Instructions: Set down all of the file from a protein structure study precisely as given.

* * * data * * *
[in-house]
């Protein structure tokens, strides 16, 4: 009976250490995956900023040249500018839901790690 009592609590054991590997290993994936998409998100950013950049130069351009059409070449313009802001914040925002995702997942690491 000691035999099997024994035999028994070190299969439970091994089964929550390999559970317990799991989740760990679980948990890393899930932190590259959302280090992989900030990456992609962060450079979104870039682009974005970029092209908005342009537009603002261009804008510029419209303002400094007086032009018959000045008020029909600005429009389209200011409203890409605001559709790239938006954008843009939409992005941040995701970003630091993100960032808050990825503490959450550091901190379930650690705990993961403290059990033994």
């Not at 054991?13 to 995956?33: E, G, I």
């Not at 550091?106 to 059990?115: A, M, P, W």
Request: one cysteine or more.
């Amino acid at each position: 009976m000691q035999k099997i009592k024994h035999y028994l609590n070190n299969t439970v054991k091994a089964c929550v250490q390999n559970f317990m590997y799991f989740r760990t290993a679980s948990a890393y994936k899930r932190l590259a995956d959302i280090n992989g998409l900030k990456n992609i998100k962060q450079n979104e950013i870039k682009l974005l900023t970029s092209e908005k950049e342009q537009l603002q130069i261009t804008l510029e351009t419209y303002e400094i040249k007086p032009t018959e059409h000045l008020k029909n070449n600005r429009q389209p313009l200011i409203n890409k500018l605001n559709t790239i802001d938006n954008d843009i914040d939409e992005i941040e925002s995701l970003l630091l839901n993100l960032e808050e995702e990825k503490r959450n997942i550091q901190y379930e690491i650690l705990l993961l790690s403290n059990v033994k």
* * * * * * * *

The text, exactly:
[in-house]
């Protein structure tokens, strides 16, 4: 009976250490995956900023040249500018839901790690 009592609590054991590997290993994936998409998100950013950049130069351009059409070449313009802001914040925002995702997942690491 000691035999099997024994035999028994070190299969439970091994089964929550390999559970317990799991989740760990679980948990890393899930932190590259959302280090992989900030990456992609962060450079979104870039682009974005970029092209908005342009537009603002261009804008510029419209303002400094007086032009018959000045008020029909600005429009389209200011409203890409605001559709790239938006954008843009939409992005941040995701970003630091993100960032808050990825503490959450550091901190379930650690705990993961403290059990033994």
């Not at 054991?13 to 995956?33: E, G, I």
């Not at 550091?106 to 059990?115: A, M, P, W």
Request: one cysteine or more.
């Amino acid at each position: 009976m000691q035999k099997i009592k024994h035999y028994l609590n070190n299969t439970v054991k091994a089964c929550v250490q390999n559970f317990m590997y799991f989740r760990t290993a679980s948990a890393y994936k899930r932190l590259a995956d959302i280090n992989g998409l900030k990456n992609i998100k962060q450079n979104e950013i870039k682009l974005l900023t970029s092209e908005k950049e342009q537009l603002q130069i261009t804008l510029e351009t419209y303002e400094i040249k007086p032009t018959e059409h000045l008020k029909n070449n600005r429009q389209p313009l200011i409203n890409k500018l605001n559709t790239i802001d938006n954008d843009i914040d939409e992005i941040e925002s995701l970003l630091l839901n993100l960032e808050e995702e990825k503490r959450n997942i550091q901190y379930e690491i650690l705990l993961l790690s403290n059990v033994k």